Pittman recognized that many of the challenges in bolstering the food supply chain were coming from outside the county, and that they involved governmental red tape.
“We have to think outside the box and don’t take nor for an answer,” he said.
The County Executive said that an idea that has been advanced to the Department of Natural
Resources is permitting the harvesting of deer by farmers during the summer on their private property. Venison would be donated to the needy, would be free to be processed, and farmers would have enhanced protection against the deer eating their crops.
He said the county has four to five times the deer than is healthy for the ecosystem.
“It would be good for the forest,” he said. “It would be good for the trees. We’re working on that.”
Bolstering local farm production was also a focus of the discussion.
“We have about 20,000 acres of farmland in this county, only about 180 are in vegetables,” Pittman said. The main reason for the limited land that was being cultivated for vegetables was that it was labor intensive to farm and supplied less of a profit to farmers.
Riddle had some hope that the production landscape of farming in the county could be transformed.
“I do think we still have some opportunity, depending on crops, to take that production up a notch.”
Pittman was somewhat skeptical on getting a larger crop planted this season for harvest this year.
“It’s such a big project that I know it’s not going to happen this year to get food on the table this year,”he said.
Community and household gardens might bear more fruit and vegetables, however.
"I think industry wide you see incredible spikes in vegetable demands and all the supplies that go with it,” Riddle said. “So I think that the Victory Garden, Community Garden...I think there's a lot of efforts along those lines.”
Pittman suggested the idea of creating more community gardens was a viable strategy to increasing some produce production. Interested community groups and leaders were encouraged to reach out to the county. Susan Thomas, head of the Anne Arundel County Food Bank said excess fertilizer is available from last year.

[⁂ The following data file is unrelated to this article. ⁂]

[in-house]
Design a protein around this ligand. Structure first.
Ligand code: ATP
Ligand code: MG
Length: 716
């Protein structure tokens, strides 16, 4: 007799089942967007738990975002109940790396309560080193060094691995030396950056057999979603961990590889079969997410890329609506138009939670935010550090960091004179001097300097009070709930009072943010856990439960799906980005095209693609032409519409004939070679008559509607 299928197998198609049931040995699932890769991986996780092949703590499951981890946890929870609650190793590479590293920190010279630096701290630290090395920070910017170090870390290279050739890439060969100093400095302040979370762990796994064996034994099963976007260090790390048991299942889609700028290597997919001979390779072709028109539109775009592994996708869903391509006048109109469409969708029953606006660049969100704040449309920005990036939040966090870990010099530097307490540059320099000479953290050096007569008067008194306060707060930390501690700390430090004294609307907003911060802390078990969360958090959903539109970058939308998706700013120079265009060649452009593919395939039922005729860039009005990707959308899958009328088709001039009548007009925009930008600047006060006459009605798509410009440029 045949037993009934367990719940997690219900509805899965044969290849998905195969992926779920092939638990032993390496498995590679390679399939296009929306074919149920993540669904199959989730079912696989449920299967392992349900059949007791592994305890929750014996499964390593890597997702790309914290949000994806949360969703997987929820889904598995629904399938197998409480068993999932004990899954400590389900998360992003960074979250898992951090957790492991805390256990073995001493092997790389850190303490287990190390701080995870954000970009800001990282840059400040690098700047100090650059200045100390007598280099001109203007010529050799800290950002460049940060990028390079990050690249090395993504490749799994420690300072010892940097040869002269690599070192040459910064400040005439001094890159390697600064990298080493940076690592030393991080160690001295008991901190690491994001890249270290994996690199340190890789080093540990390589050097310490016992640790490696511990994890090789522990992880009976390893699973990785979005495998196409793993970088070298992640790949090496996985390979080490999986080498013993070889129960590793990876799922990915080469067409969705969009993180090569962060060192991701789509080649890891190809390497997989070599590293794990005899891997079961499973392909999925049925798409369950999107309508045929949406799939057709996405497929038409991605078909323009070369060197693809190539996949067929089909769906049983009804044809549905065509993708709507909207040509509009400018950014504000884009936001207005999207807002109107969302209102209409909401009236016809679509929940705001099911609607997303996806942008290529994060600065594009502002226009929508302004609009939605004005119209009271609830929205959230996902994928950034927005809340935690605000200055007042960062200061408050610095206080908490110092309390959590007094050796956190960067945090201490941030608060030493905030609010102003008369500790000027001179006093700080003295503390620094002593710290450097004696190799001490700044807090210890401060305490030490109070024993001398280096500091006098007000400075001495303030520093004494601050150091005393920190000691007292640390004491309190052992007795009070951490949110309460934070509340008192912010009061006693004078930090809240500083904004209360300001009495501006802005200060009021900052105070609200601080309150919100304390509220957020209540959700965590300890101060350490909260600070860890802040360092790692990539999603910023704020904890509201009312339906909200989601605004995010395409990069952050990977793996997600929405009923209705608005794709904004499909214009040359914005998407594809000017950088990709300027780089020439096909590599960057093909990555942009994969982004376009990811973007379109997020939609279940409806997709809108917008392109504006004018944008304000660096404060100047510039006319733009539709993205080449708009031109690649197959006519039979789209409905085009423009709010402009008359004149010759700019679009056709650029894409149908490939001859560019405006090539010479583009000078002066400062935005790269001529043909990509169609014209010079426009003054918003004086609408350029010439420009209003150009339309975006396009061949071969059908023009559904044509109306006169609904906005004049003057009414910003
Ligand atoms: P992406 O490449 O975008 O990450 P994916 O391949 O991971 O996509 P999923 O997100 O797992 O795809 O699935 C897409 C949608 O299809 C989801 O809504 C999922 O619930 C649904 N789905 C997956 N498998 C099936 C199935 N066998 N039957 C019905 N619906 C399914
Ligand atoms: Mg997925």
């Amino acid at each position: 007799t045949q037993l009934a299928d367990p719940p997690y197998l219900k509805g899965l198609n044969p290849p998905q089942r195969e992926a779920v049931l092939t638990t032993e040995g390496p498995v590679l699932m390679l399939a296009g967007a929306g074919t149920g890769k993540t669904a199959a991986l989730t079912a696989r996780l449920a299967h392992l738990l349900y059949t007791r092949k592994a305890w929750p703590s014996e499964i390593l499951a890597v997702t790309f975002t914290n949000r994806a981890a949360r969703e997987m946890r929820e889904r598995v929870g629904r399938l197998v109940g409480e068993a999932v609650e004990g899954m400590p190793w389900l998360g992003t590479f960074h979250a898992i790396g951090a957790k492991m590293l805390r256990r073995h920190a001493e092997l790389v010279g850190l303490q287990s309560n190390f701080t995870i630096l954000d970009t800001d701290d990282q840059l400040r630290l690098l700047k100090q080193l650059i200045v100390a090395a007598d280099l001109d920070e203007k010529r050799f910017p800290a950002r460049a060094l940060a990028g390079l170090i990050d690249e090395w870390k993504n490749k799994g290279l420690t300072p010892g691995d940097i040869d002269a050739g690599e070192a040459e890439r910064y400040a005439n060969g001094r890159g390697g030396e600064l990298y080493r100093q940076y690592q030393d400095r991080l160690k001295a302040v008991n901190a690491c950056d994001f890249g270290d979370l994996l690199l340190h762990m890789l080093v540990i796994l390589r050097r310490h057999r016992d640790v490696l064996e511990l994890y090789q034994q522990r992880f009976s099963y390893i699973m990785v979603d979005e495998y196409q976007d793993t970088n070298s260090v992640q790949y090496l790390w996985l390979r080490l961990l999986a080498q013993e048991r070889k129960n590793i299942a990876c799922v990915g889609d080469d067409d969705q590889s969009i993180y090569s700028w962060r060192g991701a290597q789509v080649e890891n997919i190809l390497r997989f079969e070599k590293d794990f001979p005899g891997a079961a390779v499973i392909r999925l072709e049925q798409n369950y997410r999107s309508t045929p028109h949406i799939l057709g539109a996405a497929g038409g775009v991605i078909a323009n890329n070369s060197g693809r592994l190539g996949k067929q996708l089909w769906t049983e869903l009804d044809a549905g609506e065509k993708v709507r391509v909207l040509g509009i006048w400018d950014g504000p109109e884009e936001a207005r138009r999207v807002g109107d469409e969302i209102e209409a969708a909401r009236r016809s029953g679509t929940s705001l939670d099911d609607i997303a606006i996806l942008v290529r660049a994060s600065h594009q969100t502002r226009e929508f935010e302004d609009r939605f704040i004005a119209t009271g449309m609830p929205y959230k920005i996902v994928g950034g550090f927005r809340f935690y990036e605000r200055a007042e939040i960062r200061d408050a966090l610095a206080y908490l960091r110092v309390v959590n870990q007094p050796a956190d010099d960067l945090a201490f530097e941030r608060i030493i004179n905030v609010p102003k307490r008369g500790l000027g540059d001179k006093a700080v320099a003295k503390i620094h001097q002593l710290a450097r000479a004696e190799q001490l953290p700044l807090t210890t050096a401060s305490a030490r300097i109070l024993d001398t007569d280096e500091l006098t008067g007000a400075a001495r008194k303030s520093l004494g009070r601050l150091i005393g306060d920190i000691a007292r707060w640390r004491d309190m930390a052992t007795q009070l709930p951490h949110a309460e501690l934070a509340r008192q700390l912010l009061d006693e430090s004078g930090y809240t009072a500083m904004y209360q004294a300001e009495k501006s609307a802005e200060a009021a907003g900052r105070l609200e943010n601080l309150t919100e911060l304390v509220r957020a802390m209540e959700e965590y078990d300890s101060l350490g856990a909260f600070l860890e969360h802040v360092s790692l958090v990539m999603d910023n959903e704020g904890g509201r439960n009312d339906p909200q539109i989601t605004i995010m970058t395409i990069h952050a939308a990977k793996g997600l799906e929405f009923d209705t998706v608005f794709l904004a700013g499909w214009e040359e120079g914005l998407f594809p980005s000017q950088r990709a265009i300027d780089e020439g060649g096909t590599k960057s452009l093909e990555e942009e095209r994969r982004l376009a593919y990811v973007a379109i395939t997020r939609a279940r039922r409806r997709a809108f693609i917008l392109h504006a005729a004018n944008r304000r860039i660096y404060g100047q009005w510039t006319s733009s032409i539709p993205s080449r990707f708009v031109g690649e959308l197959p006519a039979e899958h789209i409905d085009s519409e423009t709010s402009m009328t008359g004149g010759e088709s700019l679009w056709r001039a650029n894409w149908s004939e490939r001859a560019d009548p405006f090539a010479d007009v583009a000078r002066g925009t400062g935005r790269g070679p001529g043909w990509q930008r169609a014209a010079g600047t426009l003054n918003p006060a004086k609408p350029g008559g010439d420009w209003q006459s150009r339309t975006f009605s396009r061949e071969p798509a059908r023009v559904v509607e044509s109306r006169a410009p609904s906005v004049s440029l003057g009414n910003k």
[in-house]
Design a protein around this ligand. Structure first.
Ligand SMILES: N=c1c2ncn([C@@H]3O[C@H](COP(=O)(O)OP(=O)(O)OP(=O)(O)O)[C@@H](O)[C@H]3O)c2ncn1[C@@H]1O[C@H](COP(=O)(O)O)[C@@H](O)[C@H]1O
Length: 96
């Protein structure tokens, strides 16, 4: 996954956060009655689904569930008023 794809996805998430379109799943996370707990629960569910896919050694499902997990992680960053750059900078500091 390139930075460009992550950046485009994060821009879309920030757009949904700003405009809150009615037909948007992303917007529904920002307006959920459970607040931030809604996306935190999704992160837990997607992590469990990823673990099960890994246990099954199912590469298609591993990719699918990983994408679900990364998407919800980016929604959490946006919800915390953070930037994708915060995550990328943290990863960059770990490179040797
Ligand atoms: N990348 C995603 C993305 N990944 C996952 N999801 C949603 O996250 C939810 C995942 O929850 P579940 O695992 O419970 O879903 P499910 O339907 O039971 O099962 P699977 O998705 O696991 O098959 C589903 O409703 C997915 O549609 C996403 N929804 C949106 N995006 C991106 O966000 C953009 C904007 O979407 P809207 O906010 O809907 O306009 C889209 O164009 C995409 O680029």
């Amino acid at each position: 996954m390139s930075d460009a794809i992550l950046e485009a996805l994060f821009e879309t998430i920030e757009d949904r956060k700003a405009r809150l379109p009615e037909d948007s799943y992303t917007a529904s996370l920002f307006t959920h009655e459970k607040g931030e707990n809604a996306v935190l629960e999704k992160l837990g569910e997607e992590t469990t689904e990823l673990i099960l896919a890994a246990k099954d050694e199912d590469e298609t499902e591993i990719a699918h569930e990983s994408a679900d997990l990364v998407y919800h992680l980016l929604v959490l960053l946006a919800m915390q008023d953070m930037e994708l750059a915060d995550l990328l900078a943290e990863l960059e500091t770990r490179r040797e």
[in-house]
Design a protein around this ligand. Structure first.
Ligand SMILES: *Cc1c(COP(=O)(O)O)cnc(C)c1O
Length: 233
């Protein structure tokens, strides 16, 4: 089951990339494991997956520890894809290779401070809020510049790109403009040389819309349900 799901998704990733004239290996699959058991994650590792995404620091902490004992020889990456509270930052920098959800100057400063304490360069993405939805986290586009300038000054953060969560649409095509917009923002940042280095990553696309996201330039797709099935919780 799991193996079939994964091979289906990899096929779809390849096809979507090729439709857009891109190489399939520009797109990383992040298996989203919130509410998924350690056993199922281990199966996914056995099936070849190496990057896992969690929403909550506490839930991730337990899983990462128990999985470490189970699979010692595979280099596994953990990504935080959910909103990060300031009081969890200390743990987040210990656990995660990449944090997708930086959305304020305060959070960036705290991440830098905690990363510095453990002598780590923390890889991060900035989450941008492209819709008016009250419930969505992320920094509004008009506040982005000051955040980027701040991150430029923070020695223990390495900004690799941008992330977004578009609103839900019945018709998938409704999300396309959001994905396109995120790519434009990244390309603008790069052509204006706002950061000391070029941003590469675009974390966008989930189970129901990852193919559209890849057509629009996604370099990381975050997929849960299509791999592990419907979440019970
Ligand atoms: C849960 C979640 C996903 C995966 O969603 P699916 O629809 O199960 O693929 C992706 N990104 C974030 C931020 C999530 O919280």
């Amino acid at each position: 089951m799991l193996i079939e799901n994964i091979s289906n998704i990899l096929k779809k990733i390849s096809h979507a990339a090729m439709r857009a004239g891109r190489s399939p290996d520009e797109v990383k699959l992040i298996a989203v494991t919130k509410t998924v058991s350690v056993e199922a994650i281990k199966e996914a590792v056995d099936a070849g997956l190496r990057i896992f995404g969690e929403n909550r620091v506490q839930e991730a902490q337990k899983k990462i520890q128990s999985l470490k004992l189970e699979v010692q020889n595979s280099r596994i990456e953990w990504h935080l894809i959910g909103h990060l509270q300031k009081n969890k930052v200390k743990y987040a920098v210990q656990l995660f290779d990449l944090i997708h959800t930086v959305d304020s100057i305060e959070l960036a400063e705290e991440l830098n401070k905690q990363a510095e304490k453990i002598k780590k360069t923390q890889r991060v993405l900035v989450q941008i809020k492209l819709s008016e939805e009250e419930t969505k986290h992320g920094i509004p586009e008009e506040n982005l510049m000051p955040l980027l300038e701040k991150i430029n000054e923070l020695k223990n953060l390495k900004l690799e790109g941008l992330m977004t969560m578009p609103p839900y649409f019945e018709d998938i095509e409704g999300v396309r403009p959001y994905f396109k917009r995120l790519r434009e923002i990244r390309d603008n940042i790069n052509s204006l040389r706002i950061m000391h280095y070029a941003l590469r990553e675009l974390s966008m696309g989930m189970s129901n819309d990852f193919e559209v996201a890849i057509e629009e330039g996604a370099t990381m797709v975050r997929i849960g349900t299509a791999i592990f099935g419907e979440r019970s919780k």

Current community gardens that are available in the county are already oversubscribed, Pittman said.
While the food chain is feeling a heavy burden, current commercial establishments do have a supply. But with an eye toward an unknown future, and recognition that much has changed for county residents in the first half of this year, county leadership is looking for all the tools it can get to meet the challenges to come. They want to make Pittman’s vision to build back better a reality, not just a slogan.
Pam Brown, head of the Partnership for Children, Youth and Families, had headed off Tuesday’s teleconference. She recognized the challenges the emergency continues to impose, but chose to put a positive spin on Anne Arundel’s future.
“At the moment we’re managing pretty well,” she said. “And it's because we have been innovative. And there's a lot of partners that bring a lot of different skills. But going forward as we try to think what is better. We have to think about real innovation. Let's not use the old tried systems that we know were already pretty creaky and not working very well for most people. Let's involve young people, and not just the usual characters, but kids who live in subsidized public housing, who are some of the funniest, best, most creative kids I've ever, ever known. And so really, let's think outside the box, about how we move forward, who we involve in that, and what kind of system we build for the future, and let’s build it with heart.”